We think corporate tax reform is more likely to occur than not, although what ultimately passes into law may materially differ from what is currently proposed. As currently written, tax reform looks positive for IG corporations overall, given the potential lower corporate tax rate and repatriation parameters that may free up cash held overseas. Looking ahead, a key question for bond investors is how overseas funds would be deployed post-repatriation. We expect management teams to take a balanced approach with funds used for general corporate purposes. We would also expect merger activity to remain elevated, with some prospects for special dividend payments and debt reduction. A reduction in the U.S. corporate income tax rate would be a boon for after-tax earnings, particularly for U.S. domestic-focused corporations that generally have higher effective tax rates than U.S. multinationals. For more thoughts on the potential impact of tax reform, see our Q317 Corporate Bond Commentary.
5. Record-High Leverage in Industrials
Gross financial leverage, or total debt-to-EBITDA, for non-financial IG corporate bond issuers is at a record high – above previous U.S. recessionary highs (e.g. 1991-1992, 2001-2002, 2007-2009). With gross leverage peaking now during an expansion, it is reasonable to expect the figure could spike higher if the U.S. were to fall into recession. While we are not currently forecasting a recession, from a sector perspective we think this late-cycle increase in leverage is broad-based and leaves borrowers less resilient to economic shocks. Not surprisingly, in the 1991-1992 and 2001-2002 recessions, IG corporate spreads widened 60bps and 100bps, respectively as cash flows and credit metrics weakened. The last period of notable IG spread widening was in early 2016, when oil prices bottomed at $26 a barrel,3 concerns of a U.S. recession were raised and, as mentioned, the S&P 500 Index saw a correction.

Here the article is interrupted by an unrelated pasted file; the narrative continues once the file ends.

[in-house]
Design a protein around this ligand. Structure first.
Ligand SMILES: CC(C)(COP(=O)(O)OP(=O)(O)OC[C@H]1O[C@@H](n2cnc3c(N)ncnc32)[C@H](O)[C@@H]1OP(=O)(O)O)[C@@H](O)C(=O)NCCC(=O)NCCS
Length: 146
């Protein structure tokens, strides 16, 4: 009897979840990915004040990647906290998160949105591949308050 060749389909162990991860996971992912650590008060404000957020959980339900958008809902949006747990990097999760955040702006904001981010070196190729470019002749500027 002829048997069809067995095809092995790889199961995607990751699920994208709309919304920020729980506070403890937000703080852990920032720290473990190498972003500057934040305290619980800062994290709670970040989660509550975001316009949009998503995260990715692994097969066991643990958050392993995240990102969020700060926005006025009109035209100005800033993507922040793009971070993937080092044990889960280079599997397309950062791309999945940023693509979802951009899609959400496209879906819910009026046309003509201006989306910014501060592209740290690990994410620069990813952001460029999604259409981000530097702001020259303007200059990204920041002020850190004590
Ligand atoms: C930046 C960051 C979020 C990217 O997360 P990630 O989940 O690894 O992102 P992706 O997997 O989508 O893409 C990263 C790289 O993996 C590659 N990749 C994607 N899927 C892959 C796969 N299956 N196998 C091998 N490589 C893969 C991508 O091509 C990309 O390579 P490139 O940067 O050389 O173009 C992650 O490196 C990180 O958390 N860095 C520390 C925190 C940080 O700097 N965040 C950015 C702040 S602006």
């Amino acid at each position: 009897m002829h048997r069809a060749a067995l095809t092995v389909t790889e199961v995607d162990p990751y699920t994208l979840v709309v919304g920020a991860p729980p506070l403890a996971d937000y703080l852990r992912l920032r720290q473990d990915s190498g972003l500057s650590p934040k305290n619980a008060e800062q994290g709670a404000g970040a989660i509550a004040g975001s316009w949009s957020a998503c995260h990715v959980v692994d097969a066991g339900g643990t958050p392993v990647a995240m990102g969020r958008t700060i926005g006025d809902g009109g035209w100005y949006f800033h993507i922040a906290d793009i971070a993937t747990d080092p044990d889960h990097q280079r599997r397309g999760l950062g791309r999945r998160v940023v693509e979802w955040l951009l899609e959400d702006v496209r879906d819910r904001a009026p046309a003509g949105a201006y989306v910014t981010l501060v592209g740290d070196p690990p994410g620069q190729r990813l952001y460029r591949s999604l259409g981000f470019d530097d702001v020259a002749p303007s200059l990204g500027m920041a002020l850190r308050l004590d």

We remain high quality and continue to monitor valuations, particularly given tight credit spreads and our more cautious view on the credit cycle. We are committed to in-depth credit research—including the integration of environmental, social and governance analysis—to thoroughly assess corporate credit profiles, mitigate risks and identify opportunities.
 Bloomberg Barclays U.S. Corporate Investment Grade Index, option-adjusted spreads.
 Investment Company Institute, as of November 29, 2017.
 WTI oil, Bloomberg data.
DISCLAIMER: The opinions and views expressed are those of Breckinridge Capital Advisors, Inc. They are current as of the date(s) indicated but are subject to change without notice. Any estimates, targets, and projections are based on Breckinridge research, analysis and assumptions. No assurances can be made that any such estimate, target or projection will be accurate; actual results may differ substantially.
Nothing contained herein should be construed or relied upon as financial, legal or tax advice. All investments involve risks, including the loss of principal. An investor should consult with their financial professional before making any investment decisions.
Some information has been taken directly from unaffiliated third party sources. Breckinridge believes such information is reliable, but does not guarantee its accuracy or completeness.
Any specific securities mentioned are for illustrative and example only. They do not necessarily represent actual investments in any client portfolio.